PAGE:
The most wow new tech initiatives in retail – April 2019

Retail Tech - Retail Innovation 2019
Image credit: McDonald’s


Sometimes tech can seem like a scary thing. After all innovation often brings with it a threat of automation, of job losses, of a move away from human interaction. But tech can also be a powerful enabler as this month’s wow new initiatives prove. From making the world more accessible to helping retailers be more personal these are the ideas that we can see shaping the future.


Retail Innovation - Retail Tech 2019
Image credit: McDonald’s



McDonald’s AI-powered menu options

What is it?

McDonald’s intends to use AI to suggest context-specific items on its drive-in menus. The company has acquired Dynamic Yield, an AI start-up that specialises in personalisation. It will use data about what customers buy to predict what others might choose. It can also tie this data to certain conditions such as the time of day, weather, amount of traffic and more to serve up the recommendations most likely to make people buy.

Why you need to know

McDonald’s serves a huge number of customers everyday across the globe. Its move into personalisation builds on masses of data that the company collect during these transactions. As a result, McDonald’s could start tweaking its menu and offers for each individual store. If one space has a large number of customers stop for a coffee before work, then it could promote combo deals that also include a complimentary item. Or if the weather is good it might push McFlurry’s as a suggested purchase.

McDonald’s is starting off by using the tech to change up the drive-in menu to recommend the best products based on the conditions at the time. But in the future, it will likely be used everywhere from the company’s app to the self-service kiosks in store. By taking the guesswork out of promotions, McDonald’s is increasing the likelihood of customers buying more because they’re actually things they might want.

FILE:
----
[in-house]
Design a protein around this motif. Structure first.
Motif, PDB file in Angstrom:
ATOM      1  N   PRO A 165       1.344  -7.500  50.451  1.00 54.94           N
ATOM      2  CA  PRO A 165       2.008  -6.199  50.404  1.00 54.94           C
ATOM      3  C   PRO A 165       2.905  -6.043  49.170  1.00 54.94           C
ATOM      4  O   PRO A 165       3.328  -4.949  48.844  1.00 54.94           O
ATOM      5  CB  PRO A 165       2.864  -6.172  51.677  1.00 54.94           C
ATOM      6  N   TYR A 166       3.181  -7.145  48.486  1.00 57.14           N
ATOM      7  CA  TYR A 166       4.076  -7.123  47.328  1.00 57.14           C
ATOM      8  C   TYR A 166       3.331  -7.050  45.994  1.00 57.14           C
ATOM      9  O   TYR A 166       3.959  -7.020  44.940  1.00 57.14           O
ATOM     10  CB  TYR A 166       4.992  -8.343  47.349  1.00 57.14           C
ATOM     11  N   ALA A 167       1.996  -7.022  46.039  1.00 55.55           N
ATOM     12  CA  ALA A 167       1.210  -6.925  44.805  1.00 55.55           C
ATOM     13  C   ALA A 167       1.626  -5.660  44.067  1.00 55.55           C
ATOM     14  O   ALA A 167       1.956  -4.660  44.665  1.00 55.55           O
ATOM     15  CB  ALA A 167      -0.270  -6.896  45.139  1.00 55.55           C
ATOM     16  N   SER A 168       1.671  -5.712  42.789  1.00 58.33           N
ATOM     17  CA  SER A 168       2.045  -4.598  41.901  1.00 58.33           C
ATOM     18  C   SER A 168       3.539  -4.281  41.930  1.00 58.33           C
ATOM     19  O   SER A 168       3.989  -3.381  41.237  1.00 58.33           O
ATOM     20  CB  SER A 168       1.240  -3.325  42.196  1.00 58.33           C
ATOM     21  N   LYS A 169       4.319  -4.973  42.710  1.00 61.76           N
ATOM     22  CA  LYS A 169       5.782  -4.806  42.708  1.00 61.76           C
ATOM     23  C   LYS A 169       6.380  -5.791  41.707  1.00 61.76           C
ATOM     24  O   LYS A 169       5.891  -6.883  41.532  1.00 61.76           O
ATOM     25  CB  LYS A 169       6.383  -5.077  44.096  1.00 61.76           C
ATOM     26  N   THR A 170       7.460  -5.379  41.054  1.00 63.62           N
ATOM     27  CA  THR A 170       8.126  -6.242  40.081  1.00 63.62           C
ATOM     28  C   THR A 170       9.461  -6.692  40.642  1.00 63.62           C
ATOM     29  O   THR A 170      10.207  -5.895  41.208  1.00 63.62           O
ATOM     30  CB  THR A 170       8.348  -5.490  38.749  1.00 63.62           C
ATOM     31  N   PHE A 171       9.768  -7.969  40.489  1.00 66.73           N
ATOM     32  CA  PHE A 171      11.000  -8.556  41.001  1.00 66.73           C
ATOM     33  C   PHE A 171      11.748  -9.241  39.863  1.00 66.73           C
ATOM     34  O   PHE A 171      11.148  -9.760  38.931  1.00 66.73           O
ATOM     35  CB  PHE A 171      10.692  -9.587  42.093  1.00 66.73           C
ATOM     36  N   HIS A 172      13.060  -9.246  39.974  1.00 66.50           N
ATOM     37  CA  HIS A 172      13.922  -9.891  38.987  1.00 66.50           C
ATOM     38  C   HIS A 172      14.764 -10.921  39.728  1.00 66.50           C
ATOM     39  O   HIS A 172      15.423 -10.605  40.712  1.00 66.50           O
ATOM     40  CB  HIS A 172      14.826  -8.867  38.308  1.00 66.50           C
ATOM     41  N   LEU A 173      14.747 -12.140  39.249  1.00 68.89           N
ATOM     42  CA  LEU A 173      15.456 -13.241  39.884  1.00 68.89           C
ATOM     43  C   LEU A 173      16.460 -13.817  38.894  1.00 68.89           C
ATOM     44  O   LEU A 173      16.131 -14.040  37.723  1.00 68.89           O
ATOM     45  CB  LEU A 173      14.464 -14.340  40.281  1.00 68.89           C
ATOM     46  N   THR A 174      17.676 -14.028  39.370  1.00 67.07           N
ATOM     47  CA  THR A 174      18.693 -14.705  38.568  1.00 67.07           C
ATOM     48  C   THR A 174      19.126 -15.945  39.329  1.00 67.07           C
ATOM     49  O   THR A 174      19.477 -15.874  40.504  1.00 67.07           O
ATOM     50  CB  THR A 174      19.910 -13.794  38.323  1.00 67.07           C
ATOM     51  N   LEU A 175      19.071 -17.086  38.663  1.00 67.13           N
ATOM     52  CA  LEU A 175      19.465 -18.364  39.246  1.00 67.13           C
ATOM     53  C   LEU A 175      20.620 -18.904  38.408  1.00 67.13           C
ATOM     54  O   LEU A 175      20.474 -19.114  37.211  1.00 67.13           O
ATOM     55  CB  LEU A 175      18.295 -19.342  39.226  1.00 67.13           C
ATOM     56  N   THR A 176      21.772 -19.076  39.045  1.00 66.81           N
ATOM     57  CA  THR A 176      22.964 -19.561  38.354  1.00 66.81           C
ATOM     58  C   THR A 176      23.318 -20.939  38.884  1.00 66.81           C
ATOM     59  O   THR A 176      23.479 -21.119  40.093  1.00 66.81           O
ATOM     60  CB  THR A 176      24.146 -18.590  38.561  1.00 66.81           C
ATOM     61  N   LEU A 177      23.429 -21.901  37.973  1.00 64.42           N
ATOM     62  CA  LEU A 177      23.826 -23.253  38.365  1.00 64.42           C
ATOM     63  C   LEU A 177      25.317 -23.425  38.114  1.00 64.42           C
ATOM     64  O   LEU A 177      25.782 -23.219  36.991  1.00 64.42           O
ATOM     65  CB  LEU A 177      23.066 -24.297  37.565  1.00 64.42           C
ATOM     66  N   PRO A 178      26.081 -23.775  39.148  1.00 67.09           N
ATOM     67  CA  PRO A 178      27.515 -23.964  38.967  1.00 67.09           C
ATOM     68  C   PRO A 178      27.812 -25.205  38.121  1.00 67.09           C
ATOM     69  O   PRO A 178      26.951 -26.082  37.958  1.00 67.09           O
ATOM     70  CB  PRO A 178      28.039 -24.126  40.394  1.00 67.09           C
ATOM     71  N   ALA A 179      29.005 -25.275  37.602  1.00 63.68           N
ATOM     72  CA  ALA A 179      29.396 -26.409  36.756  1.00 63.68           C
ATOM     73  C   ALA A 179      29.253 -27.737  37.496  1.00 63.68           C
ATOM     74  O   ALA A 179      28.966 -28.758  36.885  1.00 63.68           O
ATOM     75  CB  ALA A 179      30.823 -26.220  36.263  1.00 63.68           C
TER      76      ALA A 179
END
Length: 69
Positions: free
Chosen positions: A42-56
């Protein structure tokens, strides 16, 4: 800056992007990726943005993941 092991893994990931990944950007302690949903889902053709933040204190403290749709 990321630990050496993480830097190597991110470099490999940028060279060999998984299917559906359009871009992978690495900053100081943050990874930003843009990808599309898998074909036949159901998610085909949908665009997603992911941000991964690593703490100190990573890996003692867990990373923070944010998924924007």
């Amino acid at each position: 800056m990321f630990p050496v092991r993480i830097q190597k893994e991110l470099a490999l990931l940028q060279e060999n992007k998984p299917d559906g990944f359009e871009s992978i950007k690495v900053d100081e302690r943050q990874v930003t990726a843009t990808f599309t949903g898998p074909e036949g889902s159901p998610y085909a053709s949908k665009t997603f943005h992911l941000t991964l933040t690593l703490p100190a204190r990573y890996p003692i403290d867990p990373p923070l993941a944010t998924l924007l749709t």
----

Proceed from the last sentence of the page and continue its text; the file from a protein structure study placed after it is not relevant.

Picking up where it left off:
Google’s bid to power AI without handing over data

What is it?

Google is taking on privacy concerns with its new open-source software, TensorFlow Federated. While traditional AI training systems typically send data back to a central server in order to learn, TensorFlow Federated uses the federated learning system. As such, it uses your data to learn on the phone or tablet itself. Only the lesson is sent back to the server, rather than the data that was used to teach it. For example, the system can suggest replies to emails based on its existing algorithm and the data on your phone. It will then send a summary of what it learnt back to the creator.

Why you need to know

This may well be the future of AI. At present we’re caught between what this tech can do and our personal privacy concerns. More and more customers are uncomfortable with giving away too much data to companies, especially as often it contains information that isn’t needed to perform the service they asked for. But AI needs lots of data in order to learn and get better.

Federated learning is a way to marry these two issues – it gives AI access to the volume of data it needs to learn but lets customers keep their individual data private. By creating TensorFlow Federated, Google isn’t just helping improve its own products and services. As the software is open-source other developers can also use it in for their own AI projects knowing that they can reassure users about any privacy concerns. This includes retailers.




IKEA’s free accessibility 3D-printables

What is it?

IKEA Israel has come up with a series of free 3D printable components that can be used to make its furniture more accessible for people with disabilities. Called ThisAbles, the range includes 13 designs from handles to shelf clips to switches. IKEA is also inviting customers to submit their own ideas or problems around accessibility.

The designs are available to download from anywhere in the world for printing at home. Many require little to no assembly. Even those without their own 3D printer can benefit as IKEA has put 3D printers into its stores for this very purpose.

Why you need to know

We love love love this. It’s a great example of how a company can make itself more useful to customers. It also makes all customers feel valued and wanted by IKEA – something that isn’t always the case for people with disabilities when it comes to retailers. As a result, they may feel closer to the brand and therefore are likely to be more loyal.